Russia viewed through lenses fictional, factual, historical, practical, and mythological.
Russian Folk Belief
Linda J. Ivanitz
M.E. Sharpe, 1989 257p. ISBN 0-87332-422-6
An introduction to many of the mythologicl personages who still populate many Russian villages.
The Icon and the Axe : an interpretive history of Russian culture
James H. Billington.
Vintage, 1970. 880 p. ISBN-13: 978-0394708461
Billington paints The Big Picture, treating the “whole sweep of Russian cultural and intellectual history from Kievan times to the post-Kruschev era.” That’s a lot, but if you want an expert, accessible guide to non-possessors, spirit wrestlers, cursed questions, peasant insurrectionaries, false Dimitris, dead souls, mighty handful, damp Mother Earth and a host of other fundamental Russian characters, this is it.
A Frozen Hell : the Russo-Finnish Winter War of 1939-1940
William R. Trotter.
Algonquin Books, 1991. ISBN-13: 978-1565122499
Headed for the Russian North? The Winter War will come up in nearly every interview. The first and last chapters of this book provide a balanced account of the war’s background, causes, and outcomes. The intervening chapters provide a detailed battle-by-battle military history.
The Storks’ Nest [Life and Love in the Russian Countryside]
Laura Lynne Williams.
Fulcrum, 2008. 324 p. ISBN-13: 978-1555916299
Environmentalist and rodeo rider Laura Williams followed her heart to a Russian nature preserve near the Russia – Ukraine border, where she took on the job of environmental educator. This charming memoir weaves together her work life (riding down poachers, re-introducing over-hunted bison, educating school children, raising a moose) with daily life among the 17 human neighbors in her village. From them she learns local plant lore, a charm against wolves, and horrendous stories of suffering through floods, collectivization and Nazi occupation. All in all an excellent combination of nature writing, contemporary village life and true romance.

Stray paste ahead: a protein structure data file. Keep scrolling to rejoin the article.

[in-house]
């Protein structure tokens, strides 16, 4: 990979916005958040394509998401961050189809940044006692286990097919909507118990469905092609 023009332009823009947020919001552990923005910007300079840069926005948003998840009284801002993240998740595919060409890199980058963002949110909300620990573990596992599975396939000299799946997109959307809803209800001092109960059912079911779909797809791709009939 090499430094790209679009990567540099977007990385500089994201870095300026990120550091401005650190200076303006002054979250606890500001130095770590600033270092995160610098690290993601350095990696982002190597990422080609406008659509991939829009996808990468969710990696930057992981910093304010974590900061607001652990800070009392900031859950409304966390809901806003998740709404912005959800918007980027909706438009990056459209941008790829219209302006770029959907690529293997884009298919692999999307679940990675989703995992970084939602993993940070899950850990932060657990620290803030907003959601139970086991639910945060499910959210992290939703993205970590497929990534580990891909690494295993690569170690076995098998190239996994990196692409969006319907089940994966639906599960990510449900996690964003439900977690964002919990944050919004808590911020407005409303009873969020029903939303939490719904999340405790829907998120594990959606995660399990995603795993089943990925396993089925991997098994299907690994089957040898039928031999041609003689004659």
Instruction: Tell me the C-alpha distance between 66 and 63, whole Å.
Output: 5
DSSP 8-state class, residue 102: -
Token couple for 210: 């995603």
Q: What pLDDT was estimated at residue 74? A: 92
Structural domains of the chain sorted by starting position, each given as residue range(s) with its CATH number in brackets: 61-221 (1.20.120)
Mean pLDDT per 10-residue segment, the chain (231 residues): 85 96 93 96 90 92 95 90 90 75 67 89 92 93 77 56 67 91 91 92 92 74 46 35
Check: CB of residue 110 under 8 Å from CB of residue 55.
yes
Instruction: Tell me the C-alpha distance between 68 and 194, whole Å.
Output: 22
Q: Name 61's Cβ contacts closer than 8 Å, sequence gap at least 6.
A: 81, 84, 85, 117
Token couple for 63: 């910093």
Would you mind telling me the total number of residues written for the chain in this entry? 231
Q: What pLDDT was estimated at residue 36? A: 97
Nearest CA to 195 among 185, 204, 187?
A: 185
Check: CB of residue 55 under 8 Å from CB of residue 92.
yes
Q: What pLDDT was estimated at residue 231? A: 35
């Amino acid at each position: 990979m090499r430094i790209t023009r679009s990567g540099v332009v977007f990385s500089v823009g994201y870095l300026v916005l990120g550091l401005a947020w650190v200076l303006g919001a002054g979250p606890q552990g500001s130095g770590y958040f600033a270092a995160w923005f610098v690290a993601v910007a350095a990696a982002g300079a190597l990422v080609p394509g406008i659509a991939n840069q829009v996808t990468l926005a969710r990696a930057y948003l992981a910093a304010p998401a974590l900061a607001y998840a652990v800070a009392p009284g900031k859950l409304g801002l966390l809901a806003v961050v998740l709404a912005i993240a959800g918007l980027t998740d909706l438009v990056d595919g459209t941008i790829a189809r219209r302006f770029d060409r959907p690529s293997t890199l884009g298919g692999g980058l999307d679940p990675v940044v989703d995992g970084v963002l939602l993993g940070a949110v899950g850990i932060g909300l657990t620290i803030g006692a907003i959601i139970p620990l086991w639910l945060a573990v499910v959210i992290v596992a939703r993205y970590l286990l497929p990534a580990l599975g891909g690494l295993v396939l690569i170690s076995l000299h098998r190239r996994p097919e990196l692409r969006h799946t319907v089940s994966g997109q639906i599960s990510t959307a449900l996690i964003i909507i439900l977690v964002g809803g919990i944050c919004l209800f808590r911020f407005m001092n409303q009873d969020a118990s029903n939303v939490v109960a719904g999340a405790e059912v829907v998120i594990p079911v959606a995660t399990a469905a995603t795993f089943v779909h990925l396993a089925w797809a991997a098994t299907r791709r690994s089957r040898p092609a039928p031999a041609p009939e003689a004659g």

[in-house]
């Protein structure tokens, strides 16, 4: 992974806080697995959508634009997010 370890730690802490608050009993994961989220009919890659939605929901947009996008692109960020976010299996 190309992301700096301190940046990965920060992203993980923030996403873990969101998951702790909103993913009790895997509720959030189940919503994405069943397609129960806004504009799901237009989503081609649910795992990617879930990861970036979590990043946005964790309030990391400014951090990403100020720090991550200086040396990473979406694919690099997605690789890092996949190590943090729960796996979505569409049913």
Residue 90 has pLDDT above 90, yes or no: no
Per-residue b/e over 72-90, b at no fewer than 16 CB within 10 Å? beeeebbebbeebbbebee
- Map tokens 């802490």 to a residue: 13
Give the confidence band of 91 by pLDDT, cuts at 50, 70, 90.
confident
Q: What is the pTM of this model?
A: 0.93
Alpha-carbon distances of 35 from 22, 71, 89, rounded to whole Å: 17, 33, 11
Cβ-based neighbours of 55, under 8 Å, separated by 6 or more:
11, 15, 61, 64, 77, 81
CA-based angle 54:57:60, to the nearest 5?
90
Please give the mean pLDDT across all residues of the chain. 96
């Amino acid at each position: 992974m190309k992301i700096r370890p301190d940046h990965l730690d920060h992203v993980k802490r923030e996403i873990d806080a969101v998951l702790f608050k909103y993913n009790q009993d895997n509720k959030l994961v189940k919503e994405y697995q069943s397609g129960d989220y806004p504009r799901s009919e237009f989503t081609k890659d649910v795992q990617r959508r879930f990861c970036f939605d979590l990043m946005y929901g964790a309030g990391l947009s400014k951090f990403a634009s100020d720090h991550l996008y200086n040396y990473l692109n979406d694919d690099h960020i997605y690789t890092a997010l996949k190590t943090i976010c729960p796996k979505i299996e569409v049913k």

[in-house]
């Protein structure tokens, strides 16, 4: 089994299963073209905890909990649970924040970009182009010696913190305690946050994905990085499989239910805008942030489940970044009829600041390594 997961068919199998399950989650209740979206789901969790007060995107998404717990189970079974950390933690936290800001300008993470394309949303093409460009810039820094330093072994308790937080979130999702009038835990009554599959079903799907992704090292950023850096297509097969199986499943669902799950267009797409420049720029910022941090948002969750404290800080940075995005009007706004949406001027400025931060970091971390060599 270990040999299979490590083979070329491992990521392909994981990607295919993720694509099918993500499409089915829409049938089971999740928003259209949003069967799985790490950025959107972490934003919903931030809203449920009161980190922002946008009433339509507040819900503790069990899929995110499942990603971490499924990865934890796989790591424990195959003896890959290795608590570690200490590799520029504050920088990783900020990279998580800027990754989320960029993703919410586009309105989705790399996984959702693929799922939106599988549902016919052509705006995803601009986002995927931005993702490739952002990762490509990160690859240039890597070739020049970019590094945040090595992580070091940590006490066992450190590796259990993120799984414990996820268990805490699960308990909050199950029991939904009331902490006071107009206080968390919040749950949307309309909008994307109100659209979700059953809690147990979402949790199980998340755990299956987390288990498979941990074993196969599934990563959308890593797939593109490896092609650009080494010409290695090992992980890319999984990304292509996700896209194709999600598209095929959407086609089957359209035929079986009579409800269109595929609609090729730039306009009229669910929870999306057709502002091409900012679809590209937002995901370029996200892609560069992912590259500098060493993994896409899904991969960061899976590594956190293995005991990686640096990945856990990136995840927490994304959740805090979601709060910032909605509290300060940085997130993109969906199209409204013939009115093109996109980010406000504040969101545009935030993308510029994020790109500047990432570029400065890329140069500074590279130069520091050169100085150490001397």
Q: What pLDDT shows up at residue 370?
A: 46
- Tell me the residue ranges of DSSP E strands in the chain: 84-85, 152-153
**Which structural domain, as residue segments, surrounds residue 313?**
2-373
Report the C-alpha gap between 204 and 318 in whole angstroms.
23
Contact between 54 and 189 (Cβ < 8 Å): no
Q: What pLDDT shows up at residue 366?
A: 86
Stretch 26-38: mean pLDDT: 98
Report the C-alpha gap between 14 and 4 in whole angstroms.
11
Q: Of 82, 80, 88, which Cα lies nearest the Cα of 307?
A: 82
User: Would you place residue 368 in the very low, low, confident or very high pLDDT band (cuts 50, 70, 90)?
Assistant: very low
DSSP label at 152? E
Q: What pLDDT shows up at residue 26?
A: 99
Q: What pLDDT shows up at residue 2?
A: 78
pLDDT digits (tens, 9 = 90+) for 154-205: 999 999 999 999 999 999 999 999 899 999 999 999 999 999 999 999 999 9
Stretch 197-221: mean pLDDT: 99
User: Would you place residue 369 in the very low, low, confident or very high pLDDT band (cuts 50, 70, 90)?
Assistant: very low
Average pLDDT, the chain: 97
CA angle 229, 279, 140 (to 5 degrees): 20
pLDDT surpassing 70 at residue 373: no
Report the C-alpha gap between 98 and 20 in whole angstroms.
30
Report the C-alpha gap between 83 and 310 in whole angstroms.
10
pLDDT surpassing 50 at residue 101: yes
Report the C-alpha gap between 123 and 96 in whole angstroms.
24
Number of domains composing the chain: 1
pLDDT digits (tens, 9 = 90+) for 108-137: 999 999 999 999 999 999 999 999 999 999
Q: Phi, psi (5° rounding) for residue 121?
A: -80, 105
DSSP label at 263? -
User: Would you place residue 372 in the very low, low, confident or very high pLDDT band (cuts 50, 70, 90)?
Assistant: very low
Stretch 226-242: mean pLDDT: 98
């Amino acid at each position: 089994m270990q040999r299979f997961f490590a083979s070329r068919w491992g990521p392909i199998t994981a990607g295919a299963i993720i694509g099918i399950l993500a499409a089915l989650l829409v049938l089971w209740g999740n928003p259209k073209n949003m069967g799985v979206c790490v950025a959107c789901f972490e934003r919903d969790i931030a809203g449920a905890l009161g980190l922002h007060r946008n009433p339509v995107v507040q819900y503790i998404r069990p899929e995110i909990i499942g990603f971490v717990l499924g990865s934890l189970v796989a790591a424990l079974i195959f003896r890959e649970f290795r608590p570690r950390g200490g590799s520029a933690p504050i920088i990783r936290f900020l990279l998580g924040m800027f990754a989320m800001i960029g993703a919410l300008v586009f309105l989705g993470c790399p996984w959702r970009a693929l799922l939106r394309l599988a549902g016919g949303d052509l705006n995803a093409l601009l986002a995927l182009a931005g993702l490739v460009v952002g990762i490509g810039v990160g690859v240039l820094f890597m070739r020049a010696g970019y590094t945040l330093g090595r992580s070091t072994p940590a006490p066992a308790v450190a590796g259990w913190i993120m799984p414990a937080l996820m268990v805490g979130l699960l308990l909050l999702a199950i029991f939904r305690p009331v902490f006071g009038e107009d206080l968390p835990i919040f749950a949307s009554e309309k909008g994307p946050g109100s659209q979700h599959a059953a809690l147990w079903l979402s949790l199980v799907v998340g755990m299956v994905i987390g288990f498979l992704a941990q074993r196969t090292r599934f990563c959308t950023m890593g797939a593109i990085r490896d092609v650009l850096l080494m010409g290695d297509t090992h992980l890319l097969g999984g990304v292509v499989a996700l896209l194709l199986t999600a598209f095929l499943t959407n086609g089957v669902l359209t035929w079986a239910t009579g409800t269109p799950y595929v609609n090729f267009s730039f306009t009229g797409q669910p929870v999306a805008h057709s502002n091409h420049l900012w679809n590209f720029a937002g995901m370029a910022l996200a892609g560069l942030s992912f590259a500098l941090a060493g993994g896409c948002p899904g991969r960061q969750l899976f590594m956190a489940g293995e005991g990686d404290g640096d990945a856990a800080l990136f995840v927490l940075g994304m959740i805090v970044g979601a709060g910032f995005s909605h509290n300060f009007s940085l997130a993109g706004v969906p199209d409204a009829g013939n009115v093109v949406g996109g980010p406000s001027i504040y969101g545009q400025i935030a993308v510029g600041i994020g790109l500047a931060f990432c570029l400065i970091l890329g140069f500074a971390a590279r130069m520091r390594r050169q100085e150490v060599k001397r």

Matryona’s House / Alexander Solzhenitsyn.
Anthologized in “We Never Make Mistakes”
Translated by Paul Blackstock.
Norton, 2003. ISBN-13: 978-0393314748 Also found in several other collections.
This 40-page novella by the famous Russian author sometimes appears under the title Matryona’s Place. The year is 1953, and an ex-convict has landed a teaching job in an out-of-the-way Russian village. He rents space in the home of the elderly widow Matryona Vasilyevna and gains an extraordinary view into the Soviet-era village life which most of our informants grew up with and still remember vividly. Well worth looking for
An Anthology of Russian Folktales
Edited and translated by Jack V. Haney.
M.E. Sharpe, 2009. ISBN 9780765623058
Fun to read and a good guide to classic themes in Russian folk tales.
Farewell to Matyora
Translated by Antonina Bouis. Northwestern University Press, 1995. ISBN-13: 978-0810113299
Matyora is a fictional Siberian village which must be evacuated and cleared before it is submerged by a new hydroelectric project. The action takes place in the late 1950s or early 1960s, but the residents of Matyora have deep roots, going back 300 years. Forced to abandon their traditional way of life for the shallow conveniences of a modern town, the younger generation adapts easily, but the older villagers find it devastating to break their spiritual ties with the ancestors in the cemetery, with the spirit of the countryside, and with the land itself.
Russka: the Novel of Russia
Ballantine Books, 2005. 945 p. (paperback). ISBN13 978-034547935
Closer to History Lite than great literature, this is along the lines of James Michener’s epic novels (Hawaii, Centennial, The Source, etc.) Centered on two Russian villages, Russka weaves historical events and people into the story of generations of two fictional families from 180 CE down to 1937.